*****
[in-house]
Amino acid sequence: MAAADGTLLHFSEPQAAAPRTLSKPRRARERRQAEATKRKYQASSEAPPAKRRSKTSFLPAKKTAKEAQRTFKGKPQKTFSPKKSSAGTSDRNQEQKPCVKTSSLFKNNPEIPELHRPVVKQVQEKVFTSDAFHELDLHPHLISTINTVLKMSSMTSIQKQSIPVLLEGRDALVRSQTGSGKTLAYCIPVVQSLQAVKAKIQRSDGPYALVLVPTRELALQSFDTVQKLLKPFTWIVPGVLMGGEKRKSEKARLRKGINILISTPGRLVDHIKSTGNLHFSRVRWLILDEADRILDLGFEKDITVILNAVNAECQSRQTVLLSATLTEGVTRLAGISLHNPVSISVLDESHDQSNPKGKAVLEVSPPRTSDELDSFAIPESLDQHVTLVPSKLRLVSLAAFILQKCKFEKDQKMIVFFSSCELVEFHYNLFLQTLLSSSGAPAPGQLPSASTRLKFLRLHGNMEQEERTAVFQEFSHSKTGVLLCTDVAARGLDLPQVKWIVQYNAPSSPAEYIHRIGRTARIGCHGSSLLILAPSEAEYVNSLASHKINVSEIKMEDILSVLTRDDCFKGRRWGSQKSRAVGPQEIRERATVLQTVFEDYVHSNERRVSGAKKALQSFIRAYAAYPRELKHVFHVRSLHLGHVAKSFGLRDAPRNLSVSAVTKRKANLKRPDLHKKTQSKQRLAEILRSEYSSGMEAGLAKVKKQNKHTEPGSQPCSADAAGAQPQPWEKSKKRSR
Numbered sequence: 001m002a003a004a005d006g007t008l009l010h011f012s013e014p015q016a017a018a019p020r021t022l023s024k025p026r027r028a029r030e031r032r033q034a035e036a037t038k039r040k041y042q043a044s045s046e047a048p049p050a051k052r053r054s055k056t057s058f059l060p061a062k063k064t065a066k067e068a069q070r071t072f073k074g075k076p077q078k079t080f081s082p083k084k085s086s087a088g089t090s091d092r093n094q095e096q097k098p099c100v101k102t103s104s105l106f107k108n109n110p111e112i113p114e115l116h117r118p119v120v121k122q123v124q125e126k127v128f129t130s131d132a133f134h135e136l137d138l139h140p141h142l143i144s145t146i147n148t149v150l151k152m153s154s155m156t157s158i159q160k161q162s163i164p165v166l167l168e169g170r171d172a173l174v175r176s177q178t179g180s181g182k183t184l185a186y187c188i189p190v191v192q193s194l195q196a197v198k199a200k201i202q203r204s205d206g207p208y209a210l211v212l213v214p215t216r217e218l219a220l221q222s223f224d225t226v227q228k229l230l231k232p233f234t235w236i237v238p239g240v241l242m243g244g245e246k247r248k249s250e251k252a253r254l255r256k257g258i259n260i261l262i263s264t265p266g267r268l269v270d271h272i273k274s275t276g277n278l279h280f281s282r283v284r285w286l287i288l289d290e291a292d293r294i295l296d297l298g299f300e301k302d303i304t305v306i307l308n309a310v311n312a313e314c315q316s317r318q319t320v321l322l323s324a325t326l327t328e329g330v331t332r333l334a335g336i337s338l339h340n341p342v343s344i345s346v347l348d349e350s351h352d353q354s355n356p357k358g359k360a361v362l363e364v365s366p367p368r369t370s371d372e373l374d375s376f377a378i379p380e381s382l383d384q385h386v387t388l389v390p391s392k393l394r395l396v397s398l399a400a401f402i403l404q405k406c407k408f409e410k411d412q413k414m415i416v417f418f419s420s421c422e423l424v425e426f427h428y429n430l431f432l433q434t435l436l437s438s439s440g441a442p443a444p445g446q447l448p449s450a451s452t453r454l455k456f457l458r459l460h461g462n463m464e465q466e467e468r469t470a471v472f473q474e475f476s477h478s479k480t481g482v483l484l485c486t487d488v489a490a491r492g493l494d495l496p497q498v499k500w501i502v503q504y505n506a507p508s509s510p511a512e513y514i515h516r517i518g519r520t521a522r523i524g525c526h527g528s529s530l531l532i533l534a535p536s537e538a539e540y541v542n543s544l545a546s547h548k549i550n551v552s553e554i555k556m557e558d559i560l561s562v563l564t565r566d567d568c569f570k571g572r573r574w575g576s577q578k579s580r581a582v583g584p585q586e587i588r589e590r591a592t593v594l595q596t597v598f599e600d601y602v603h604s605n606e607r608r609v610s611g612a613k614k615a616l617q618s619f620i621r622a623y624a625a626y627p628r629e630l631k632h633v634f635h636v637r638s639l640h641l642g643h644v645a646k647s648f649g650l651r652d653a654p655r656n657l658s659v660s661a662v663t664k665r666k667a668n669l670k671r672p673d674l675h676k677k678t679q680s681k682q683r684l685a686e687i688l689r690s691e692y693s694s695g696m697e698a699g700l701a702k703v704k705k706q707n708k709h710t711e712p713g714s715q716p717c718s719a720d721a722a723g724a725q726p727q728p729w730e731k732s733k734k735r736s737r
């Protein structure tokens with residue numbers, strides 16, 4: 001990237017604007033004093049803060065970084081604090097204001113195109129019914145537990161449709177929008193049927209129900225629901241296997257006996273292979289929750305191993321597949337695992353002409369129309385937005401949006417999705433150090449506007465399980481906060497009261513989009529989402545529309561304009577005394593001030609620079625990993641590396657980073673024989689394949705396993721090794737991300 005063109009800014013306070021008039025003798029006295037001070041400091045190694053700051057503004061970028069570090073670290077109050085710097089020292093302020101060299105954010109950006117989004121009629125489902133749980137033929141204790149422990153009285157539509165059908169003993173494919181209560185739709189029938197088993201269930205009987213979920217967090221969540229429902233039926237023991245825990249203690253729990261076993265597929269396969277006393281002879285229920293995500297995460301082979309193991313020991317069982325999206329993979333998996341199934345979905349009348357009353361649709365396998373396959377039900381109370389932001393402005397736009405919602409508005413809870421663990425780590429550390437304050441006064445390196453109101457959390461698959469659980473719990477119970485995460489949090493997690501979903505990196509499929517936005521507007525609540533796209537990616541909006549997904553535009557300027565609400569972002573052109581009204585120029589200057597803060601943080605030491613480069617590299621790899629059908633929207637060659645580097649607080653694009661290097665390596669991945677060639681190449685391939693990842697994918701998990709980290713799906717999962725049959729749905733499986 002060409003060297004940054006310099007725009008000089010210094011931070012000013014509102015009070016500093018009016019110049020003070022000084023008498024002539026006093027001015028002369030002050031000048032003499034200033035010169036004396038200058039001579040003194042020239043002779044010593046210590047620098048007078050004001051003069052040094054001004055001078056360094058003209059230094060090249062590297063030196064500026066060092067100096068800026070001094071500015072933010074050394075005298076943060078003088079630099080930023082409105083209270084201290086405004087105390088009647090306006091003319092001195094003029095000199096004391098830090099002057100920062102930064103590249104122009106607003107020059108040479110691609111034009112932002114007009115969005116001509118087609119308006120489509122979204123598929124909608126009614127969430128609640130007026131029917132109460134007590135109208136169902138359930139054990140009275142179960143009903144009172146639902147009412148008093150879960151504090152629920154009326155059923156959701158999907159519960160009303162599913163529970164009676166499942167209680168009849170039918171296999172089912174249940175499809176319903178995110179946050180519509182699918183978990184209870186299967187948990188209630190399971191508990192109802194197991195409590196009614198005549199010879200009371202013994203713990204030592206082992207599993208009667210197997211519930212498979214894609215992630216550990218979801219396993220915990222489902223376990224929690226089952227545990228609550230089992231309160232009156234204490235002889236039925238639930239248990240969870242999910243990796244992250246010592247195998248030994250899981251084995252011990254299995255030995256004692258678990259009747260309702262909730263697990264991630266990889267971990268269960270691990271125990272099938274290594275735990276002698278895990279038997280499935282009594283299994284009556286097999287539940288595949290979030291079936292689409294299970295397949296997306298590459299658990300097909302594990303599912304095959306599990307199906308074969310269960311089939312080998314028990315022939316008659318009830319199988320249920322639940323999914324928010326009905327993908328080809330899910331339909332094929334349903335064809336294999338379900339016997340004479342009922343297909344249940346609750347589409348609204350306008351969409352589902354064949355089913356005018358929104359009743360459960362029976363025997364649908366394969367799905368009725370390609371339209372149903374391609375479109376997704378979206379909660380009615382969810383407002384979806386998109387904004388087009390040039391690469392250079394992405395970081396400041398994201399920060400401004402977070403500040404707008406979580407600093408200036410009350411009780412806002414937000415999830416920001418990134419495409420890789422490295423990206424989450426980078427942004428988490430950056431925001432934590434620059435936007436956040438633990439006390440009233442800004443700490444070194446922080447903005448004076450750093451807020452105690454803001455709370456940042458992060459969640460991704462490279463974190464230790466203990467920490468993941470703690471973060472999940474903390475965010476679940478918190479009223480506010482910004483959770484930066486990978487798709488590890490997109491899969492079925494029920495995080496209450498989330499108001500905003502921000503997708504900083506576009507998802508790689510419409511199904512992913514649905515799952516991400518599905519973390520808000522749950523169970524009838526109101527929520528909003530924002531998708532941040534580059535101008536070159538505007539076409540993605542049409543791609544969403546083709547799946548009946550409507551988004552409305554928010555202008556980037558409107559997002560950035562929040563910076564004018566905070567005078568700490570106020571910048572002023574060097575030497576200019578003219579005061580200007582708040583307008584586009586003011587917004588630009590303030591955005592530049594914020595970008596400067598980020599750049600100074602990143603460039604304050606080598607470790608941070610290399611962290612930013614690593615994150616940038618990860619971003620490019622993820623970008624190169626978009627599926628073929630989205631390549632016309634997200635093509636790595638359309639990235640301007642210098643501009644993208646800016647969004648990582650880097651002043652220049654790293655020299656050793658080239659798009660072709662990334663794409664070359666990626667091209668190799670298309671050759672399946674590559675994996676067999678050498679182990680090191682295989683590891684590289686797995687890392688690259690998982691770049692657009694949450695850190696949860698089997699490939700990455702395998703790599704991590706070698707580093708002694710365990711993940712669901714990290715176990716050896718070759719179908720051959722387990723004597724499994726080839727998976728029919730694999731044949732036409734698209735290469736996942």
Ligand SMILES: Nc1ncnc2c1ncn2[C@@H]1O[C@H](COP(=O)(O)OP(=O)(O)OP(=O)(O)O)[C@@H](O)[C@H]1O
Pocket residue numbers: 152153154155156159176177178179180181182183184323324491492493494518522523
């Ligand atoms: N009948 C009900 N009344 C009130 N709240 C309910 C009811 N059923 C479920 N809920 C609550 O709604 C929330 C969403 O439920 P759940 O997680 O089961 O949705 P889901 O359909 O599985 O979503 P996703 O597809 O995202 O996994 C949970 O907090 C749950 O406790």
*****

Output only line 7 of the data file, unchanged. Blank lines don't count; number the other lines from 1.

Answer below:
């Ligand atoms: N009948 C009900 N009344 C009130 N709240 C309910 C009811 N059923 C479920 N809920 C609550 O709604 C929330 C969403 O439920 P759940 O997680 O089961 O949705 P889901 O359909 O599985 O979503 P996703 O597809 O995202 O996994 C949970 O907090 C749950 O406790």